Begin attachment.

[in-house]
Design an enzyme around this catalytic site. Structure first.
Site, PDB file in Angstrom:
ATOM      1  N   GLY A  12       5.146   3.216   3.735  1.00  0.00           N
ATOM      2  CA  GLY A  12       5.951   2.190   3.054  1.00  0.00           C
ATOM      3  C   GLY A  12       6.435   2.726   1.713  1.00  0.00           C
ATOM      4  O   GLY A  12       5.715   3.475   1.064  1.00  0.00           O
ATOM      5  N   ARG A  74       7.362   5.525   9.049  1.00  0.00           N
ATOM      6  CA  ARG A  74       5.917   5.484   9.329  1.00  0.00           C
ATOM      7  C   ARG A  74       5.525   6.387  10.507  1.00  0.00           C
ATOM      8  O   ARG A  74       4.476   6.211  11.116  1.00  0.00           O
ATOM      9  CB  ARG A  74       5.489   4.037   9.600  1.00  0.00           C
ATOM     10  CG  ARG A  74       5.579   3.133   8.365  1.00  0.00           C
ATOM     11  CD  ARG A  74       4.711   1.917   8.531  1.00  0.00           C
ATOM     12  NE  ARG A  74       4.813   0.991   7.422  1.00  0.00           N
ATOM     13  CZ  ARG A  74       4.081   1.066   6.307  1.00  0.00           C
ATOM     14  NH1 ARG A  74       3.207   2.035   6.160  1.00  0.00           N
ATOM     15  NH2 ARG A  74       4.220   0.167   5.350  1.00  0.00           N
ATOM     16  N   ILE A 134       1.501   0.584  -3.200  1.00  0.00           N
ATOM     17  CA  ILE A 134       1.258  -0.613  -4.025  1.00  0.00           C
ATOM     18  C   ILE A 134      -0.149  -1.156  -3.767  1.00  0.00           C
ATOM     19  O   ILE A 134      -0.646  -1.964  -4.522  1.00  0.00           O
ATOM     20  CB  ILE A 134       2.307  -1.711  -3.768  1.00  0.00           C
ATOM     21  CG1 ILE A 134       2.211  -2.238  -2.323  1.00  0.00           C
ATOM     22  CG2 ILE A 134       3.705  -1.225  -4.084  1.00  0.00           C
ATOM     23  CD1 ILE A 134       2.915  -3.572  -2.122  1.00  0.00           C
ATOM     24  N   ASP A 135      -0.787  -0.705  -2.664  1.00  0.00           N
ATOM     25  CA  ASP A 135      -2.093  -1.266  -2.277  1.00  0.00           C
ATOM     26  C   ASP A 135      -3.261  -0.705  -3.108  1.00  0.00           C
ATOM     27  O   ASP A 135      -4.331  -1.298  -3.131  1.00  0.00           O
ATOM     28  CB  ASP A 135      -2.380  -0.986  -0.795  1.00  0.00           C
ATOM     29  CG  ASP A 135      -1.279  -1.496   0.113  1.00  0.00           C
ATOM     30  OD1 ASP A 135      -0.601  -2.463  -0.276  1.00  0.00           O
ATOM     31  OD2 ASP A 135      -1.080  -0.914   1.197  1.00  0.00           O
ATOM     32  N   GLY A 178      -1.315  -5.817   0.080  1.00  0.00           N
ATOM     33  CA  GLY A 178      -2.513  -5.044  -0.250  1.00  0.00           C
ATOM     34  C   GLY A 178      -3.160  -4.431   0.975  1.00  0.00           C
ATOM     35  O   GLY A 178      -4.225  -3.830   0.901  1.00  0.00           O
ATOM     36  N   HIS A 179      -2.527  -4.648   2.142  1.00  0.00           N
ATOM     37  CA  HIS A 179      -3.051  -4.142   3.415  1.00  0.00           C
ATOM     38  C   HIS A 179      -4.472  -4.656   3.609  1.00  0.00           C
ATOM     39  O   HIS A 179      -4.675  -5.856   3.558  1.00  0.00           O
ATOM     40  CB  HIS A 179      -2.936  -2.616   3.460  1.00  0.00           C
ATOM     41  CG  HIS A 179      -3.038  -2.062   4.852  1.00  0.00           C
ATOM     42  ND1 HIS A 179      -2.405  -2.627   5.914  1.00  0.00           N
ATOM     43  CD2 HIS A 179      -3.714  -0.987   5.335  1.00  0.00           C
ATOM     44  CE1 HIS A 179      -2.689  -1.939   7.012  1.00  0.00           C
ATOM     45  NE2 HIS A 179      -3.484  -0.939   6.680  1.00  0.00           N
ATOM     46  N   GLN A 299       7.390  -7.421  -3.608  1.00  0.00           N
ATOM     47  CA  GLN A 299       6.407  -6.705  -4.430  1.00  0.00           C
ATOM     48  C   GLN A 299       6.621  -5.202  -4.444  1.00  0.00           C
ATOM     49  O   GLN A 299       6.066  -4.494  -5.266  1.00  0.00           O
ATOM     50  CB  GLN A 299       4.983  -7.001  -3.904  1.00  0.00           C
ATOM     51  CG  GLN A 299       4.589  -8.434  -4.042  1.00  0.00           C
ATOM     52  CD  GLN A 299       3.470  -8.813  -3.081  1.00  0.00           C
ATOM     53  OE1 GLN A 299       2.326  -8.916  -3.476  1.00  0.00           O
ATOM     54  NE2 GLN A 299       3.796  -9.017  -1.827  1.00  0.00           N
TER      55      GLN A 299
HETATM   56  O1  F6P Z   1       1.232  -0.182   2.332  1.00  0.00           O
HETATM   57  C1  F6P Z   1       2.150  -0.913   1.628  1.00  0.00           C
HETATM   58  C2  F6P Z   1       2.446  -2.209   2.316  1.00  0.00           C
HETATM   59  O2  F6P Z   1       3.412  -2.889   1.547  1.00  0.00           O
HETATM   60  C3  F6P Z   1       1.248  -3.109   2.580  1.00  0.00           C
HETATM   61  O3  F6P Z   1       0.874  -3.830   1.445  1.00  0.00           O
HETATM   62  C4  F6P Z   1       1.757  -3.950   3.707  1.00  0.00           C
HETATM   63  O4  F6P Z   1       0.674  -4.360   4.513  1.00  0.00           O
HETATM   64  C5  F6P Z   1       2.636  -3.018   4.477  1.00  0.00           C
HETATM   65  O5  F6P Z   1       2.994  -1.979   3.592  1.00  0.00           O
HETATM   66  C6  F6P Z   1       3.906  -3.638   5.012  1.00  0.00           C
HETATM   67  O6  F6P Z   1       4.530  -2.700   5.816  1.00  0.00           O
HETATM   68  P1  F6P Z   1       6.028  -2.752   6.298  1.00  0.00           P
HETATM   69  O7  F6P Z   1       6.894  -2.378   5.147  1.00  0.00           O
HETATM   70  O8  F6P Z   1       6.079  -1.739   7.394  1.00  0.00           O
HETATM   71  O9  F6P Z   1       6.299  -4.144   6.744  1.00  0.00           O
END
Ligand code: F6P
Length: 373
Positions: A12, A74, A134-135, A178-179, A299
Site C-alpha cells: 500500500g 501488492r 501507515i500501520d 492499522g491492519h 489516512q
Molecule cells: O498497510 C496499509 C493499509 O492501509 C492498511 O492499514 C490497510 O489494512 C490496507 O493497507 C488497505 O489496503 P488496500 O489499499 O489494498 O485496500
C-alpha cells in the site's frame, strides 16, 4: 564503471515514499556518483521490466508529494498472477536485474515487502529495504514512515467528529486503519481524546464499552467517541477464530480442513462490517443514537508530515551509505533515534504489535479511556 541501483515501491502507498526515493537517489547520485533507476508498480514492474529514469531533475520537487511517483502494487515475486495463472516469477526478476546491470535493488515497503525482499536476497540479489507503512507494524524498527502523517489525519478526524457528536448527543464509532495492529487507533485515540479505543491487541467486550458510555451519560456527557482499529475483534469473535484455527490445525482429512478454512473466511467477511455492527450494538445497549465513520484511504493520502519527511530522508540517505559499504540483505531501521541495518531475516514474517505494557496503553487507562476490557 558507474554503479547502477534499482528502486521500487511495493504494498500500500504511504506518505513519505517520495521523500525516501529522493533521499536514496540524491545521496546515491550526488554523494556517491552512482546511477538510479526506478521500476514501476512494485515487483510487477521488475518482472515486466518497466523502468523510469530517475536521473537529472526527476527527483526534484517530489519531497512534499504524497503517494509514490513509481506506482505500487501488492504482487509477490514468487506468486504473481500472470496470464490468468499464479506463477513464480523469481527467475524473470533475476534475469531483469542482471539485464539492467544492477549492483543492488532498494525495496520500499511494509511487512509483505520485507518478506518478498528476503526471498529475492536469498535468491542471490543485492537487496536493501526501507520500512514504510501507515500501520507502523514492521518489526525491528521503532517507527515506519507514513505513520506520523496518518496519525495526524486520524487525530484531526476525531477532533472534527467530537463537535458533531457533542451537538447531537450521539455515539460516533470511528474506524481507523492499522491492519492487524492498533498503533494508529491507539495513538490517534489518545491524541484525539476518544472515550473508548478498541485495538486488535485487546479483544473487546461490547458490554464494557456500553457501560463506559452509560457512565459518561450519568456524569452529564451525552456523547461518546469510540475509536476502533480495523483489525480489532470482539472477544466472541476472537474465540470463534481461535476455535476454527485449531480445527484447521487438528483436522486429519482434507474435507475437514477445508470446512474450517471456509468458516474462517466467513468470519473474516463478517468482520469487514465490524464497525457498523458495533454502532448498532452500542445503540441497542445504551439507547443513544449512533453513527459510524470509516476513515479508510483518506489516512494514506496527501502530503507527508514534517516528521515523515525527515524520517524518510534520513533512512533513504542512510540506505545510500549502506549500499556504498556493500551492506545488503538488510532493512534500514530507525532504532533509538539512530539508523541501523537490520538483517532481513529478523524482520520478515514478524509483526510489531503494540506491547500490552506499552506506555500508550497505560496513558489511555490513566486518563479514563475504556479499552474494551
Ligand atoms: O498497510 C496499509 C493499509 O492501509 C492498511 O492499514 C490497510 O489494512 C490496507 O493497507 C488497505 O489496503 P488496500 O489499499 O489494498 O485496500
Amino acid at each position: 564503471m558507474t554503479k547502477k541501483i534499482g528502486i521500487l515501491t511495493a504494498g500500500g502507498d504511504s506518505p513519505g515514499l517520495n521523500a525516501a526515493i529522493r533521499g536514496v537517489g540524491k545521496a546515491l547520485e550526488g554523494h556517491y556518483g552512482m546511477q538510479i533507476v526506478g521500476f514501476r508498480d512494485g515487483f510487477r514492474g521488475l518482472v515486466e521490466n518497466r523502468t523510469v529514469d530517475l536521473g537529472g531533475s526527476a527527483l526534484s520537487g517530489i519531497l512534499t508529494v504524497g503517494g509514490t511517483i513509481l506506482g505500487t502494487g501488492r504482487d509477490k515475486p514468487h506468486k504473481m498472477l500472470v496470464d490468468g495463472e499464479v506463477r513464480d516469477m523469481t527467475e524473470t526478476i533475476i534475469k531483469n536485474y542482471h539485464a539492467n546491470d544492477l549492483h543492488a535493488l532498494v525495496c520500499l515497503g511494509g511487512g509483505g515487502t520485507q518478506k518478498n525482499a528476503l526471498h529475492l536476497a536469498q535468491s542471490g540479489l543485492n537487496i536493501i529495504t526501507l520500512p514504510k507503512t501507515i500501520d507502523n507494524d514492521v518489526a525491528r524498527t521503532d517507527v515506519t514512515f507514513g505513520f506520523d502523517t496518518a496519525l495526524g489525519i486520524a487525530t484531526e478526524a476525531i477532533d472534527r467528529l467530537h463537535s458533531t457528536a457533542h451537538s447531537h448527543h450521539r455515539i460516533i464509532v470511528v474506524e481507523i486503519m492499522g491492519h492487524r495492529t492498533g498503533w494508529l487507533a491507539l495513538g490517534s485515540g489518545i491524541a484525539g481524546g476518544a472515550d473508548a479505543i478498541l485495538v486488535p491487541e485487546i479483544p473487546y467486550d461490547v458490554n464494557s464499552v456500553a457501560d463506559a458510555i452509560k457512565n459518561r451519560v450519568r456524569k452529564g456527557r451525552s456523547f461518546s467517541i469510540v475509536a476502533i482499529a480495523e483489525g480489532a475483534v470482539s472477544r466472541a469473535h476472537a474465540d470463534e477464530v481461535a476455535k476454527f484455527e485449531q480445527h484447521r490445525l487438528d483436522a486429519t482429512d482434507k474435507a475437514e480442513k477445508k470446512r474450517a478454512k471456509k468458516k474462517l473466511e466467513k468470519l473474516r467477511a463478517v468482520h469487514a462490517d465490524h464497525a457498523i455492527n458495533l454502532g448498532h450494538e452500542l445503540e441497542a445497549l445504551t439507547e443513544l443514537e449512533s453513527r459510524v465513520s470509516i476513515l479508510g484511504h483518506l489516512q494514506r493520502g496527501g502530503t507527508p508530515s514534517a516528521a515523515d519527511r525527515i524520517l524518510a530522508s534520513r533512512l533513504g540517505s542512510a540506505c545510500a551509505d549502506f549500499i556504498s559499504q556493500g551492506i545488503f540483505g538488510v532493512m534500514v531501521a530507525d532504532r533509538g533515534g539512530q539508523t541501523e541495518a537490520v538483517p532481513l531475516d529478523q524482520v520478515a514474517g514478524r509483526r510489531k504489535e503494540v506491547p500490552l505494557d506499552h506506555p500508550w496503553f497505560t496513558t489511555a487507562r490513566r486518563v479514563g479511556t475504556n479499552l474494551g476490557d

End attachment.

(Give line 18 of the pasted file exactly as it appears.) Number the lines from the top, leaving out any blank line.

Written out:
ATOM     15  NH2 ARG A  74       4.220   0.167   5.350  1.00  0.00           N